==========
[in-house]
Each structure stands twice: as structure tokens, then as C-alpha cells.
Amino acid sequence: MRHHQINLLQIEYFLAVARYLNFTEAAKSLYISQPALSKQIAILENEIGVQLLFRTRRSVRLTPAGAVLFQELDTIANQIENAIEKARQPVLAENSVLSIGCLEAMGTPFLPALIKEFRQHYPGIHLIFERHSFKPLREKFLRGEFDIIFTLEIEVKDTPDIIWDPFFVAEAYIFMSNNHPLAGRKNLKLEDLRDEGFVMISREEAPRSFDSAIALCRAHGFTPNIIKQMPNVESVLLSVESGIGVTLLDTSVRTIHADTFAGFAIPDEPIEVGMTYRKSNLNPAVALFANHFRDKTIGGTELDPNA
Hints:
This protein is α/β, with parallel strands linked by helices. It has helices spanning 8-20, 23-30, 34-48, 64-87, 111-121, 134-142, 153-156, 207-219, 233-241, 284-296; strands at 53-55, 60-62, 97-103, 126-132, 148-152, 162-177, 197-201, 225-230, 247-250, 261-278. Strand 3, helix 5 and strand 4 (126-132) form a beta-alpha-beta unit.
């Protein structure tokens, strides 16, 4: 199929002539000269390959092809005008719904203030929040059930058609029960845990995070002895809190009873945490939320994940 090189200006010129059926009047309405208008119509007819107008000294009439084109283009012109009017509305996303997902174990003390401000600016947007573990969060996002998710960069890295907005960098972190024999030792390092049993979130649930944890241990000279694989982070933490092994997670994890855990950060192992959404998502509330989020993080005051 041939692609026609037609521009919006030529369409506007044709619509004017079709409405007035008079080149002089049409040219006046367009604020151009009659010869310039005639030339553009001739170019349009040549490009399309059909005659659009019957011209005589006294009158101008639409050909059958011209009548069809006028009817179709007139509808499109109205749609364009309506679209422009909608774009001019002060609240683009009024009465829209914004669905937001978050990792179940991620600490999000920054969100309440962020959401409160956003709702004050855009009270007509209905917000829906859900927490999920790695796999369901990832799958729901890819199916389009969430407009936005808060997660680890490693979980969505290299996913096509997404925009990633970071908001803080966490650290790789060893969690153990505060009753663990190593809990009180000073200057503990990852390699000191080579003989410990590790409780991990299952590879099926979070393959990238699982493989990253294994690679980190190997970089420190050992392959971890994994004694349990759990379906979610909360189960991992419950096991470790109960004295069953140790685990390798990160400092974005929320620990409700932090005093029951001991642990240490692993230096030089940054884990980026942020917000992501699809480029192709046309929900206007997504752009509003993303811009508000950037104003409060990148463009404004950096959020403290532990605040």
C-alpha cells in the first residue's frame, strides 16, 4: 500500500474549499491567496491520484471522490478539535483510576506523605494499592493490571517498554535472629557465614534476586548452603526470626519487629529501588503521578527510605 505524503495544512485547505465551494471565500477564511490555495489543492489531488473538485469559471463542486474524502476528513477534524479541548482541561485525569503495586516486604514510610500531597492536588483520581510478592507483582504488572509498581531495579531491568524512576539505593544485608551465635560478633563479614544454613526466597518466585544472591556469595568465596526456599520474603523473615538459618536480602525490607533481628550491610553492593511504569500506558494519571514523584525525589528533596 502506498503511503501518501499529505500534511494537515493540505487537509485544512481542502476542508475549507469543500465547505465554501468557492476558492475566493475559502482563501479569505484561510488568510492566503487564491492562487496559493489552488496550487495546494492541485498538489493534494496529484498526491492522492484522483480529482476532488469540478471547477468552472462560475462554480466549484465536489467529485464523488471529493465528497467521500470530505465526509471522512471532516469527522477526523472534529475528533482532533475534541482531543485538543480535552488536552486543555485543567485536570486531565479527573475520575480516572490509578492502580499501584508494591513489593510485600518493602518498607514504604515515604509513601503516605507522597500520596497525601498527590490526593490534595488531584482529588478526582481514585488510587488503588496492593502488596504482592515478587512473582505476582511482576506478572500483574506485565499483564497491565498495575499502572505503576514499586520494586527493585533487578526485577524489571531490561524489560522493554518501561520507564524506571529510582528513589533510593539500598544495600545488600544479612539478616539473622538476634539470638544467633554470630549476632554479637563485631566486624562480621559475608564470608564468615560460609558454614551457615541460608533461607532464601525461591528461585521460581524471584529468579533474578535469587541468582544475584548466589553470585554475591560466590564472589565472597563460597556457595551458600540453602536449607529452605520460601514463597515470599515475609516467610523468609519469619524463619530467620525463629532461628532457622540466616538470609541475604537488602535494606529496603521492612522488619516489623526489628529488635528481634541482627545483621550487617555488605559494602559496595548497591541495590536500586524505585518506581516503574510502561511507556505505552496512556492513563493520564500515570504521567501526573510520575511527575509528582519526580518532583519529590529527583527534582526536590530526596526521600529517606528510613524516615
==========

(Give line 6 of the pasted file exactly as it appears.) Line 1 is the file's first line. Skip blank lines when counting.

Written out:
């Protein structure tokens, strides 16, 4: 199929002539000269390959092809005008719904203030929040059930058609029960845990995070002895809190009873945490939320994940 090189200006010129059926009047309405208008119509007819107008000294009439084109283009012109009017509305996303997902174990003390401000600016947007573990969060996002998710960069890295907005960098972190024999030792390092049993979130649930944890241990000279694989982070933490092994997670994890855990950060192992959404998502509330989020993080005051 041939692609026609037609521009919006030529369409506007044709619509004017079709409405007035008079080149002089049409040219006046367009604020151009009659010869310039005639030339553009001739170019349009040549490009399309059909005659659009019957011209005589006294009158101008639409050909059958011209009548069809006028009817179709007139509808499109109205749609364009309506679209422009909608774009001019002060609240683009009024009465829209914004669905937001978050990792179940991620600490999000920054969100309440962020959401409160956003709702004050855009009270007509209905917000829906859900927490999920790695796999369901990832799958729901890819199916389009969430407009936005808060997660680890490693979980969505290299996913096509997404925009990633970071908001803080966490650290790789060893969690153990505060009753663990190593809990009180000073200057503990990852390699000191080579003989410990590790409780991990299952590879099926979070393959990238699982493989990253294994690679980190190997970089420190050992392959971890994994004694349990759990379906979610909360189960991992419950096991470790109960004295069953140790685990390798990160400092974005929320620990409700932090005093029951001991642990240490692993230096030089940054884990980026942020917000992501699809480029192709046309929900206007997504752009509003993303811009508000950037104003409060990148463009404004950096959020403290532990605040």